As Saint Mary’s senior Danielle Franke dreams of a career in obstetrics, she was excited to learn more about how regenerative medicine will benefit her future patients. She, along with nine other college students from throughout the region, were invited to Saint Mary’s University’s second Regenerative Medicine Workshop, held in May on its Winona Campus. The event — funded in part by a $49,202 grant from Advancing Regenerative Medicine — featured innovative learning and hands-on activities and guest speakers, including a bioethicist, a physician assistant program director from Mayo Clinic, and a researcher from the Karolinska Institute in Sweden.
The transitional and groundbreaking discipline of regenerative medicine has tremendous potential to impact the treatment of diseases affecting different organ systems, from tissue growth for burn victims to growing new vital organs, like hearts and kidneys. The potential for self-repair can lead to an improvement in the quality of life — and even sustain life — for many patients.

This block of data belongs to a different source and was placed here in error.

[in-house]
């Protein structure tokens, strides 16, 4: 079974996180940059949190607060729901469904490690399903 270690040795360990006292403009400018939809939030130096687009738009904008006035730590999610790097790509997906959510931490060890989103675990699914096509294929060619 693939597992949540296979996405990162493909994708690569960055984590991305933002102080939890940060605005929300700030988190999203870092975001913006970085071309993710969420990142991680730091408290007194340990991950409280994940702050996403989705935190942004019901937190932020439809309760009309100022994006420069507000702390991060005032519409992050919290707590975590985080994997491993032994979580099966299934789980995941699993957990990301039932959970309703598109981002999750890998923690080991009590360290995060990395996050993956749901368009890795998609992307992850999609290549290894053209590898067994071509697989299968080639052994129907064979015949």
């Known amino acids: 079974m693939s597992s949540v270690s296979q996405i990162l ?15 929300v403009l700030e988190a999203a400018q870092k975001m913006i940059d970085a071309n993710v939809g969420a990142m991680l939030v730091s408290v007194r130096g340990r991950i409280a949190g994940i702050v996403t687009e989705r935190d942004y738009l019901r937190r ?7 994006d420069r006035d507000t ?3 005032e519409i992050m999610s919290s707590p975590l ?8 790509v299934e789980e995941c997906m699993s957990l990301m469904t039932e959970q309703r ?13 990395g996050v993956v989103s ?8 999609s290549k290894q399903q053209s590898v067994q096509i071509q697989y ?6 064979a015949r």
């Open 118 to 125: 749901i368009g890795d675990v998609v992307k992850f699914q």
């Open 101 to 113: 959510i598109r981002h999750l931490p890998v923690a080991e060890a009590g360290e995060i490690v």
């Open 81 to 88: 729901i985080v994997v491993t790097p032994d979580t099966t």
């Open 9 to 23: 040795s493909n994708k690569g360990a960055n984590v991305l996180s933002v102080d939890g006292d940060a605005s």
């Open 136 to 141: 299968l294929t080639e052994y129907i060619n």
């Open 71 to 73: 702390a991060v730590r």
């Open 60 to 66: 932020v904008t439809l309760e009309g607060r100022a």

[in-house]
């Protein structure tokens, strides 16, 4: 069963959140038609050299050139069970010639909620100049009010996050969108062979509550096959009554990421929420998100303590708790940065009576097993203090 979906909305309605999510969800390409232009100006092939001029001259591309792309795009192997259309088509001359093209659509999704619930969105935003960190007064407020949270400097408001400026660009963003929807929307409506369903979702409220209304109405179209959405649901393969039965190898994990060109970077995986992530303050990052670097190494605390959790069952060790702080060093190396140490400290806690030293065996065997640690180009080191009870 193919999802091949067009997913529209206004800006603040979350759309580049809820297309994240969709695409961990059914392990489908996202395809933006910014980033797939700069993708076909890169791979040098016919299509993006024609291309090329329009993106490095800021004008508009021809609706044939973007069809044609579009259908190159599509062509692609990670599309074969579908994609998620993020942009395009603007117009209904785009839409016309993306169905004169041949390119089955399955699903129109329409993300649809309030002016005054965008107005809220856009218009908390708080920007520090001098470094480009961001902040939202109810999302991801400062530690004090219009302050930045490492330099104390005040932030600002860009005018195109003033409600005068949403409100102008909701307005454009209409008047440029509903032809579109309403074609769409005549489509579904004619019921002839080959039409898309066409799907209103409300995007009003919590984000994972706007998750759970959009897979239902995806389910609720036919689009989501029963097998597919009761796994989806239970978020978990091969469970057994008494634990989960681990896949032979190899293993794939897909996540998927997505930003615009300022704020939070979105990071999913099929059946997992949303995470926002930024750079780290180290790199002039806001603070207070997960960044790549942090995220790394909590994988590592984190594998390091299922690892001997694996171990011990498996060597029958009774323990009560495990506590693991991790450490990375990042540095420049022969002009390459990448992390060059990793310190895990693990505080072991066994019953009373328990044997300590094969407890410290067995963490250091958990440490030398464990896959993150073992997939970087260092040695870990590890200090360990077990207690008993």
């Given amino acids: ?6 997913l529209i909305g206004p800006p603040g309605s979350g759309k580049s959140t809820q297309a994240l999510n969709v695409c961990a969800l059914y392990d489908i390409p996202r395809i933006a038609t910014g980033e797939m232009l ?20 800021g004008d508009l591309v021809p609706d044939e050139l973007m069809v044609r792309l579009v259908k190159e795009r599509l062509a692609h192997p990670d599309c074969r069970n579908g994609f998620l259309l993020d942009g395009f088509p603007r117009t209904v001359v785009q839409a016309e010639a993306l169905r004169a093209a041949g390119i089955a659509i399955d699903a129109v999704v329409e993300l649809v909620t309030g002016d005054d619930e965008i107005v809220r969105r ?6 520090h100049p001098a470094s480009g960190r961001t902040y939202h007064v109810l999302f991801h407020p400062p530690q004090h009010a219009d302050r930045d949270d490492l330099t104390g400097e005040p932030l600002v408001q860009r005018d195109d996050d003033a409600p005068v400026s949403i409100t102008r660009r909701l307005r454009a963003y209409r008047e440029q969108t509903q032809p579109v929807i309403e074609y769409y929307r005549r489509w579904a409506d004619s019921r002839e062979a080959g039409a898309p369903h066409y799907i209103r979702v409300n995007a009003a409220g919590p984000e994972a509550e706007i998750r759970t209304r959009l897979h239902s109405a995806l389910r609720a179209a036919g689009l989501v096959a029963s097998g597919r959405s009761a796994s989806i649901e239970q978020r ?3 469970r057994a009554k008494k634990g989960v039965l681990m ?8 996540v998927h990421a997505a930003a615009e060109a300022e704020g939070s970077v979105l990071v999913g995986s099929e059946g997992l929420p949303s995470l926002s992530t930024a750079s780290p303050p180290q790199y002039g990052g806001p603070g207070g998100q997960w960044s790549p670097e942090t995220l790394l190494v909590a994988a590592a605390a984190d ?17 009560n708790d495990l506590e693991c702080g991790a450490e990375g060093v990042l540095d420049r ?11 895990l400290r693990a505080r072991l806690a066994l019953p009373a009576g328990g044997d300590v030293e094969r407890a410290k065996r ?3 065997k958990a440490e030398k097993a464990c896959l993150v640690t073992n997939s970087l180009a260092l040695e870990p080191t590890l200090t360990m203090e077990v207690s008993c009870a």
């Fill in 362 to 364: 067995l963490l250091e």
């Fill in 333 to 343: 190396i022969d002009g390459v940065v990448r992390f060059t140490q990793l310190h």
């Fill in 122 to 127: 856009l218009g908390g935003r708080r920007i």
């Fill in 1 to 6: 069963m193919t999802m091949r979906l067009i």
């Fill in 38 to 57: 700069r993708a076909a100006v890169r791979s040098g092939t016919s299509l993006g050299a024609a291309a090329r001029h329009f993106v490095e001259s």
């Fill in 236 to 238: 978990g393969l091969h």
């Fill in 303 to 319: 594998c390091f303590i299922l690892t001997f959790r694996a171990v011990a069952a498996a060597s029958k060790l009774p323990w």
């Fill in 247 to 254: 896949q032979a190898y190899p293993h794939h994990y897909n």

Photo caption: Danielle Franke, Natalie Luo, and Zachary Bracken prepare samples of a strain of epithelial cells to be analyzed with the flow cytometer.